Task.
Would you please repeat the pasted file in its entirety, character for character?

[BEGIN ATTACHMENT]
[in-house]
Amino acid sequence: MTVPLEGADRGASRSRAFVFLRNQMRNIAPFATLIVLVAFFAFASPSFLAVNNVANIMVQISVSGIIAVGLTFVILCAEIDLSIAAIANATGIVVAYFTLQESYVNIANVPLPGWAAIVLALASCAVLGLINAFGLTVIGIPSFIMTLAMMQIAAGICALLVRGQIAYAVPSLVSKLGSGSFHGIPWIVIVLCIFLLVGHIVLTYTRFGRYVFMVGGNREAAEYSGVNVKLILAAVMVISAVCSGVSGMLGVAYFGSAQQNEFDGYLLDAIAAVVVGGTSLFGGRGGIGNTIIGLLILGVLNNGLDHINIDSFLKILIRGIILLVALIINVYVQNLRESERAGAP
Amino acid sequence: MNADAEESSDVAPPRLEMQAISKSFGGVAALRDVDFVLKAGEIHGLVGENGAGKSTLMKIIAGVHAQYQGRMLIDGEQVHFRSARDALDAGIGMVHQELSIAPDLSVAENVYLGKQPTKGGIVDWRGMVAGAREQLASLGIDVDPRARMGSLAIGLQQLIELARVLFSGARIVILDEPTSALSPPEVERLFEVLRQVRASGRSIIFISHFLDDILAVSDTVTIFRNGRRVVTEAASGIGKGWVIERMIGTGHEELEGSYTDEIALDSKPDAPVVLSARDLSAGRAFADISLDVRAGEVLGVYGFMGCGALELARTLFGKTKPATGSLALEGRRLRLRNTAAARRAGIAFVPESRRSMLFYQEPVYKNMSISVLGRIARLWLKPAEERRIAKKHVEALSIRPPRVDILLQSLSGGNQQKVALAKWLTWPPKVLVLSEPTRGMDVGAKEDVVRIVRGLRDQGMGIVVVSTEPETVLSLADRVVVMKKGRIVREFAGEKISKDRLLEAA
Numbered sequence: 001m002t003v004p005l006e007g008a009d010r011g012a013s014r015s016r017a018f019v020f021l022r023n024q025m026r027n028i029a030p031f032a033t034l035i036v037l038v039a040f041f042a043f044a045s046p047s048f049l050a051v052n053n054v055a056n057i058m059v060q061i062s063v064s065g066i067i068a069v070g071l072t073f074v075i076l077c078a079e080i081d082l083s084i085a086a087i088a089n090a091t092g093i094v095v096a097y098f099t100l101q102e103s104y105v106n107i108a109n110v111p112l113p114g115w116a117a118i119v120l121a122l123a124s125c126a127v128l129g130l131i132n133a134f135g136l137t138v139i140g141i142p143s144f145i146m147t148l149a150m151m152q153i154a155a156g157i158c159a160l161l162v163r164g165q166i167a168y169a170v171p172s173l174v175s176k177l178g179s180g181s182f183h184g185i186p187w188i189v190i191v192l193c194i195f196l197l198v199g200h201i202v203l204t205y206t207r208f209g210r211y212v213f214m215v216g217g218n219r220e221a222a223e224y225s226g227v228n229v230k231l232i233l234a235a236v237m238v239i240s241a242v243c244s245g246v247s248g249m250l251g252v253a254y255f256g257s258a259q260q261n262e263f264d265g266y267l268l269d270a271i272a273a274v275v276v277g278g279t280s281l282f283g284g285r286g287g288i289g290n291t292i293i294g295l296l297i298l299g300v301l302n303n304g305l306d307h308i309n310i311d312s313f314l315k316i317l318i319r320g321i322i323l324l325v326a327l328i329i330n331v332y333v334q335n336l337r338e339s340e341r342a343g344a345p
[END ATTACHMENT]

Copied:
[in-house]
Amino acid sequence: MTVPLEGADRGASRSRAFVFLRNQMRNIAPFATLIVLVAFFAFASPSFLAVNNVANIMVQISVSGIIAVGLTFVILCAEIDLSIAAIANATGIVVAYFTLQESYVNIANVPLPGWAAIVLALASCAVLGLINAFGLTVIGIPSFIMTLAMMQIAAGICALLVRGQIAYAVPSLVSKLGSGSFHGIPWIVIVLCIFLLVGHIVLTYTRFGRYVFMVGGNREAAEYSGVNVKLILAAVMVISAVCSGVSGMLGVAYFGSAQQNEFDGYLLDAIAAVVVGGTSLFGGRGGIGNTIIGLLILGVLNNGLDHINIDSFLKILIRGIILLVALIINVYVQNLRESERAGAP
Amino acid sequence: MNADAEESSDVAPPRLEMQAISKSFGGVAALRDVDFVLKAGEIHGLVGENGAGKSTLMKIIAGVHAQYQGRMLIDGEQVHFRSARDALDAGIGMVHQELSIAPDLSVAENVYLGKQPTKGGIVDWRGMVAGAREQLASLGIDVDPRARMGSLAIGLQQLIELARVLFSGARIVILDEPTSALSPPEVERLFEVLRQVRASGRSIIFISHFLDDILAVSDTVTIFRNGRRVVTEAASGIGKGWVIERMIGTGHEELEGSYTDEIALDSKPDAPVVLSARDLSAGRAFADISLDVRAGEVLGVYGFMGCGALELARTLFGKTKPATGSLALEGRRLRLRNTAAARRAGIAFVPESRRSMLFYQEPVYKNMSISVLGRIARLWLKPAEERRIAKKHVEALSIRPPRVDILLQSLSGGNQQKVALAKWLTWPPKVLVLSEPTRGMDVGAKEDVVRIVRGLRDQGMGIVVVSTEPETVLSLADRVVVMKKGRIVREFAGEKISKDRLLEAA
Numbered sequence: 001m002t003v004p005l006e007g008a009d010r011g012a013s014r015s016r017a018f019v020f021l022r023n024q025m026r027n028i029a030p031f032a033t034l035i036v037l038v039a040f041f042a043f044a045s046p047s048f049l050a051v052n053n054v055a056n057i058m059v060q061i062s063v064s065g066i067i068a069v070g071l072t073f074v075i076l077c078a079e080i081d082l083s084i085a086a087i088a089n090a091t092g093i094v095v096a097y098f099t100l101q102e103s104y105v106n107i108a109n110v111p112l113p114g115w116a117a118i119v120l121a122l123a124s125c126a127v128l129g130l131i132n133a134f135g136l137t138v139i140g141i142p143s144f145i146m147t148l149a150m151m152q153i154a155a156g157i158c159a160l161l162v163r164g165q166i167a168y169a170v171p172s173l174v175s176k177l178g179s180g181s182f183h184g185i186p187w188i189v190i191v192l193c194i195f196l197l198v199g200h201i202v203l204t205y206t207r208f209g210r211y212v213f214m215v216g217g218n219r220e221a222a223e224y225s226g227v228n229v230k231l232i233l234a235a236v237m238v239i240s241a242v243c244s245g246v247s248g249m250l251g252v253a254y255f256g257s258a259q260q261n262e263f264d265g266y267l268l269d270a271i272a273a274v275v276v277g278g279t280s281l282f283g284g285r286g287g288i289g290n291t292i293i294g295l296l297i298l299g300v301l302n303n304g305l306d307h308i309n310i311d312s313f314l315k316i317l318i319r320g321i322i323l324l325v326a327l328i329i330n331v332y333v334q335n336l337r338e339s340e341r342a343g344a345p